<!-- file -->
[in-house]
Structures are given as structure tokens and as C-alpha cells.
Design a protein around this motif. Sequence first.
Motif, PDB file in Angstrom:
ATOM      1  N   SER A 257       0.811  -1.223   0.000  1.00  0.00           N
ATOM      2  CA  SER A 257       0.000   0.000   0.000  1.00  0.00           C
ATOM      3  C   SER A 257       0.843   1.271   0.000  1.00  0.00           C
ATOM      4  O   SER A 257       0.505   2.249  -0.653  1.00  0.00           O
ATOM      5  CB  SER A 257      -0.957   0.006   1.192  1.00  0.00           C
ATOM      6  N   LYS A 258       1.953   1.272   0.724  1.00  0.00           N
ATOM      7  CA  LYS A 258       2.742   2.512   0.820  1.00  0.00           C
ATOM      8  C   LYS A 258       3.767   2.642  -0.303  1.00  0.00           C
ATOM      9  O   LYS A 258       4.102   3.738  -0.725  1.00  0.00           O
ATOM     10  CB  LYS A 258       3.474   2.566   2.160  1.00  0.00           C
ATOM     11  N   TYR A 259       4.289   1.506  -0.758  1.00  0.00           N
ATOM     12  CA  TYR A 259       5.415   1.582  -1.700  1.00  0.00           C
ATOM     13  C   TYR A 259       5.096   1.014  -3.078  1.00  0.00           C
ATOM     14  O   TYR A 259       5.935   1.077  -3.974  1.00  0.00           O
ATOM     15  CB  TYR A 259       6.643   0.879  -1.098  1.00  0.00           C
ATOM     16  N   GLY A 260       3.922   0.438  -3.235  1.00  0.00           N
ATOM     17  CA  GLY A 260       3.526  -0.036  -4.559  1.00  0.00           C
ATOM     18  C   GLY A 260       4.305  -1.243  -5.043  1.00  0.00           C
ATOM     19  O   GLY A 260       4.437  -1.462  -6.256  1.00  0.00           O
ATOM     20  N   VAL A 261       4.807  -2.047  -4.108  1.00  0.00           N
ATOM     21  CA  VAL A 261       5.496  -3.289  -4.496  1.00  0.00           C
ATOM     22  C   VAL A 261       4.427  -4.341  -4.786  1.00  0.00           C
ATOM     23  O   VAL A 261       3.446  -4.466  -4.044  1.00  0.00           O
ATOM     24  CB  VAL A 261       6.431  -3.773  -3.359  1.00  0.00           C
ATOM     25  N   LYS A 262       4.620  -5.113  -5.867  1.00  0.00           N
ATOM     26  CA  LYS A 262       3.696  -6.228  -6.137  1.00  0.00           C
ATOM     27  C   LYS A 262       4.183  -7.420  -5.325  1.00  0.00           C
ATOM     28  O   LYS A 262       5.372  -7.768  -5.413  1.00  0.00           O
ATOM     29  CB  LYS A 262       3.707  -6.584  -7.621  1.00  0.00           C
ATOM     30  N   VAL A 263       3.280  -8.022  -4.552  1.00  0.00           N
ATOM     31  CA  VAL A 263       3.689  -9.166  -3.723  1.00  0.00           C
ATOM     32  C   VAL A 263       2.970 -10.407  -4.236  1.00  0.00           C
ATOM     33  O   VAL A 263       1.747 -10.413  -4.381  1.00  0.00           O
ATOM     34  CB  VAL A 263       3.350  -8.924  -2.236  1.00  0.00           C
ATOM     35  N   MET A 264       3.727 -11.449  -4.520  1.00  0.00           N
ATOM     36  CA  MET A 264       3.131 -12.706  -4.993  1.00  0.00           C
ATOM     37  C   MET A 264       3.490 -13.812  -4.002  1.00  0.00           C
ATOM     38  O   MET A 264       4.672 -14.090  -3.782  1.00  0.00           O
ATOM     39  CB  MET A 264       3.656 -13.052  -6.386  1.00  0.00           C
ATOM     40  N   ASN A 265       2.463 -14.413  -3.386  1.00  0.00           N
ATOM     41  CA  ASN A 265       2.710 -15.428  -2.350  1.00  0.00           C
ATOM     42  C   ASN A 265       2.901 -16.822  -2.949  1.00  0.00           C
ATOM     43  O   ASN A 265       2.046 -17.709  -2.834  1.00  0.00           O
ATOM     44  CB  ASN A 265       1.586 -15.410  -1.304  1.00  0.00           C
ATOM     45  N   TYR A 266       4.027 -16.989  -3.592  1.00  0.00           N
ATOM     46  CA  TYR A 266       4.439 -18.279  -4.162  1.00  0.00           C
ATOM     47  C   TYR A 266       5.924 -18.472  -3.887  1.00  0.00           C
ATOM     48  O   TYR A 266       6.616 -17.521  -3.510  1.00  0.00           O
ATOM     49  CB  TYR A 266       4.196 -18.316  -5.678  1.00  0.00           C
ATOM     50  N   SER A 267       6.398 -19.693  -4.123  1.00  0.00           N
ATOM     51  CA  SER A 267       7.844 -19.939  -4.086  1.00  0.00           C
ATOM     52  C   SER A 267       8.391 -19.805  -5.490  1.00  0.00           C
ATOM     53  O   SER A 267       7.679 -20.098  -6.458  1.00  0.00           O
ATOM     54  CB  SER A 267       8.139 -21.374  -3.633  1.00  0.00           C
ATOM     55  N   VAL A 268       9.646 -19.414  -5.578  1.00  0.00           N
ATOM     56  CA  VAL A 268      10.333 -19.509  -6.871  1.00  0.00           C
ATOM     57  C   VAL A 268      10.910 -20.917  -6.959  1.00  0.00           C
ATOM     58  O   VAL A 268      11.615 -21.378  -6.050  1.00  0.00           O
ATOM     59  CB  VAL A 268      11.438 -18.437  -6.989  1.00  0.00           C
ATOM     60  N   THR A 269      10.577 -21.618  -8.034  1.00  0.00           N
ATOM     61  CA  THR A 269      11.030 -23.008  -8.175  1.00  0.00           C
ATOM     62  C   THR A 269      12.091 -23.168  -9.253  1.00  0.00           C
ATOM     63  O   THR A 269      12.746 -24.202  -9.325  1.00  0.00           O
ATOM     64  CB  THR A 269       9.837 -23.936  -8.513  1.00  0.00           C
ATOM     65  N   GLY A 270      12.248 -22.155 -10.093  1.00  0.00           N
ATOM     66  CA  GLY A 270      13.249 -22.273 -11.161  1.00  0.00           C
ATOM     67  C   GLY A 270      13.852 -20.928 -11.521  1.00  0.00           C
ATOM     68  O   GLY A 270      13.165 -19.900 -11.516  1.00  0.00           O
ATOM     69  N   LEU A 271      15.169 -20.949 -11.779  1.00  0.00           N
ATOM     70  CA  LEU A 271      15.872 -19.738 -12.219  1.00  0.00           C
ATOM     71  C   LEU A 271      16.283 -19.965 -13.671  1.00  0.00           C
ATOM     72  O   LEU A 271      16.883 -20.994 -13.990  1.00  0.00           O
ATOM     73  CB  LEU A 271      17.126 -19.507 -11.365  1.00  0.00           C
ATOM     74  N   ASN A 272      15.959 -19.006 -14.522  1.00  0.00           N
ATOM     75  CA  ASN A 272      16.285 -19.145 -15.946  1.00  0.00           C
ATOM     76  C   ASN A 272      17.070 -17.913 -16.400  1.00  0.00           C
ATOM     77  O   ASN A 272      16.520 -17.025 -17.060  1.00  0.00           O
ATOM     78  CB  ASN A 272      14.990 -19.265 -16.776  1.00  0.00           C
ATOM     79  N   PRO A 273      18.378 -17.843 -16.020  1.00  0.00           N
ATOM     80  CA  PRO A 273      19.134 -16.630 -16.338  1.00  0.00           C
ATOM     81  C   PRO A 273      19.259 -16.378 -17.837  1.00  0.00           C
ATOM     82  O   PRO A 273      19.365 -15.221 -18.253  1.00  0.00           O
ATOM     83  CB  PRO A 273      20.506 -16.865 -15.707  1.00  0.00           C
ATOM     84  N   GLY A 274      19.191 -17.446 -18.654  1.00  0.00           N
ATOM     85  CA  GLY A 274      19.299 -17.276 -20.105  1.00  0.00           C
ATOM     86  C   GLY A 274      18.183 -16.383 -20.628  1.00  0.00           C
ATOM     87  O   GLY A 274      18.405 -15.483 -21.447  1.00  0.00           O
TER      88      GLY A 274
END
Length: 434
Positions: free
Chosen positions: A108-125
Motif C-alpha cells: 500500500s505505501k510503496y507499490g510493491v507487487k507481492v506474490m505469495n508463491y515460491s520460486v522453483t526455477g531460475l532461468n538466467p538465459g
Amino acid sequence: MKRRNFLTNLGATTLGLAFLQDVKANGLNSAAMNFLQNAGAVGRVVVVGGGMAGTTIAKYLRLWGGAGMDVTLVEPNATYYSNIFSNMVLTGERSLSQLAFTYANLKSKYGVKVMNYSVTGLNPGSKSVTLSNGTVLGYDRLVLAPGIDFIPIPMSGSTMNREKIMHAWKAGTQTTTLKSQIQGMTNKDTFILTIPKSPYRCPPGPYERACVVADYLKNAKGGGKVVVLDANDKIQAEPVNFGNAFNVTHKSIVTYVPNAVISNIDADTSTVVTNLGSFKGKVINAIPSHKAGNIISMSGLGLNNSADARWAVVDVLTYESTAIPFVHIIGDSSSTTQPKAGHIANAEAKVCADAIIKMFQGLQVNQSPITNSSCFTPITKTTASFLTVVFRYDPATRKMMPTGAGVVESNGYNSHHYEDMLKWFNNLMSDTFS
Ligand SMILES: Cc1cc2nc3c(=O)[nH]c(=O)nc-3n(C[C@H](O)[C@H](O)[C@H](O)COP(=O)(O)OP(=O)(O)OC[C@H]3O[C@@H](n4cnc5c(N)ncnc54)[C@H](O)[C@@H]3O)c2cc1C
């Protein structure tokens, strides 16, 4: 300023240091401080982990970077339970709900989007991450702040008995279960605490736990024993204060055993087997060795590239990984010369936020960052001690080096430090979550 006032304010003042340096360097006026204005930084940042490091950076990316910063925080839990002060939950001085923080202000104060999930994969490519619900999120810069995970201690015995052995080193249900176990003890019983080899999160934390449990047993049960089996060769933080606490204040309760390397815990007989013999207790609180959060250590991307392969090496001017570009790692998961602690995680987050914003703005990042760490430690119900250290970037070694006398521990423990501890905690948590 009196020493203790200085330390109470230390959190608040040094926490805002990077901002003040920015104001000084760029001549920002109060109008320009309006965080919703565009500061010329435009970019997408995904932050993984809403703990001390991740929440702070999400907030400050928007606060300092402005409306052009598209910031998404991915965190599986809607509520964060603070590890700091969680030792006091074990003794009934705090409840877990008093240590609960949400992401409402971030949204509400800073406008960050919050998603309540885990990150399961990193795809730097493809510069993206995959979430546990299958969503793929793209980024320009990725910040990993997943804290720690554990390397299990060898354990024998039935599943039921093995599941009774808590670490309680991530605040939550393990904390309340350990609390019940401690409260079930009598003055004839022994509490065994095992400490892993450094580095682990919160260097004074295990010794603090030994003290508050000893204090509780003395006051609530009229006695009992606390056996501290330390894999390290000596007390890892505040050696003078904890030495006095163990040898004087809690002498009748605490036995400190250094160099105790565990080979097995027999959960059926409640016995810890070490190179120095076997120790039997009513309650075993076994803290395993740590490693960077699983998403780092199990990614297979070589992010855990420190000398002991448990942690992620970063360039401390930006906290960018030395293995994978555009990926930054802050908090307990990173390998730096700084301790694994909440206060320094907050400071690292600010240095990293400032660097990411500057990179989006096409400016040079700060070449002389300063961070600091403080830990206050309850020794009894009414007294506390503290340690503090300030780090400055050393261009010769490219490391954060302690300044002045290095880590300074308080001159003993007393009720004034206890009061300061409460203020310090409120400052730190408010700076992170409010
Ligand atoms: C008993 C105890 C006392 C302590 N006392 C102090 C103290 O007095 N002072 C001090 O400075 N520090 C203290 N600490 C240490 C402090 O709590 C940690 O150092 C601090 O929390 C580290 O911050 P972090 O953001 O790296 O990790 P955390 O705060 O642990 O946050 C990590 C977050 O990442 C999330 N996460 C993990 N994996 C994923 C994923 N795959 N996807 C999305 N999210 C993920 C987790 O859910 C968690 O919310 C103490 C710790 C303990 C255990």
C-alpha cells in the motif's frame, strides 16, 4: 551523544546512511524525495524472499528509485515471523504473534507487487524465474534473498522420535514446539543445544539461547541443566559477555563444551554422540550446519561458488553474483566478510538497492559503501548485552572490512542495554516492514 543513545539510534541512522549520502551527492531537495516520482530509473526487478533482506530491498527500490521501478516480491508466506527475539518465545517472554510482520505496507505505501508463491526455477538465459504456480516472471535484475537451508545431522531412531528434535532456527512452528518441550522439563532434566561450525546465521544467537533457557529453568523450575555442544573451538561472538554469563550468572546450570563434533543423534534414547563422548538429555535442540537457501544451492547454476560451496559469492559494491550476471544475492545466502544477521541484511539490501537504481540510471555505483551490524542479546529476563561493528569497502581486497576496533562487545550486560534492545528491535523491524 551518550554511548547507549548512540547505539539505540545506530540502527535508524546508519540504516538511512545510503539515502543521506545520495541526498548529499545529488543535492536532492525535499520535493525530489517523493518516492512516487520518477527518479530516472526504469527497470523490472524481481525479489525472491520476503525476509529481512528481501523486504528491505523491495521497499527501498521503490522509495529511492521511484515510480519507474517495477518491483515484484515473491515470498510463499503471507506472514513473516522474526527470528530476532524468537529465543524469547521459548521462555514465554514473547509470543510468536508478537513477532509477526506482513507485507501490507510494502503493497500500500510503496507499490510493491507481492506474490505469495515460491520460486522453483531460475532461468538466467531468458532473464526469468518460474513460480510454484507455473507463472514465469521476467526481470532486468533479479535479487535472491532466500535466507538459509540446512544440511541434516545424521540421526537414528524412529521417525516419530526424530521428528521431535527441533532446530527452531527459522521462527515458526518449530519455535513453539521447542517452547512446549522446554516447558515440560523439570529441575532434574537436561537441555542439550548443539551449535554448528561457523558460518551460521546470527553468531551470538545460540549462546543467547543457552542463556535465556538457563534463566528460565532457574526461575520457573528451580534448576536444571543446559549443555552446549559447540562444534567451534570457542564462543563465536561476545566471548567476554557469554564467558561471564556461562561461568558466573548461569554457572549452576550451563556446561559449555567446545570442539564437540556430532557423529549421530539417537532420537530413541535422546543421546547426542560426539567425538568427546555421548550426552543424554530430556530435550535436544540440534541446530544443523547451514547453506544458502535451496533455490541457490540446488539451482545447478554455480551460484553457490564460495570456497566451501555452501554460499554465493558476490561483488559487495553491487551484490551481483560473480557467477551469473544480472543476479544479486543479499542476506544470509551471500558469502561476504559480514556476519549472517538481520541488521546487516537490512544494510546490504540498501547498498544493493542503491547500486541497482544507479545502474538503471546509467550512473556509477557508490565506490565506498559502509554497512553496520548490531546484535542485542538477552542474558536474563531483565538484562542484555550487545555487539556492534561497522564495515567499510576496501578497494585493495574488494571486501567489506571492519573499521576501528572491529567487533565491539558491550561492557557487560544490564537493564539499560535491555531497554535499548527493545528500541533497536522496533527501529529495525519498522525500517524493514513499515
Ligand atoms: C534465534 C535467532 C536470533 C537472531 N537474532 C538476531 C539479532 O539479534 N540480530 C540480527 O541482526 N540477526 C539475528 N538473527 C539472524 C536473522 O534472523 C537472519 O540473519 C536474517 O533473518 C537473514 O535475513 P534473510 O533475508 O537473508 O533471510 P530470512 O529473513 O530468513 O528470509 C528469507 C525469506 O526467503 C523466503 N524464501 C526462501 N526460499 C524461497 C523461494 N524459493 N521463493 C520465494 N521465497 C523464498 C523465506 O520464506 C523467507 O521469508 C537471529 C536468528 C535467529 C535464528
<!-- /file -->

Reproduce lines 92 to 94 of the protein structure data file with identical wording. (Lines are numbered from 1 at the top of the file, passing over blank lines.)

TER      88      GLY A 274
END
Length: 434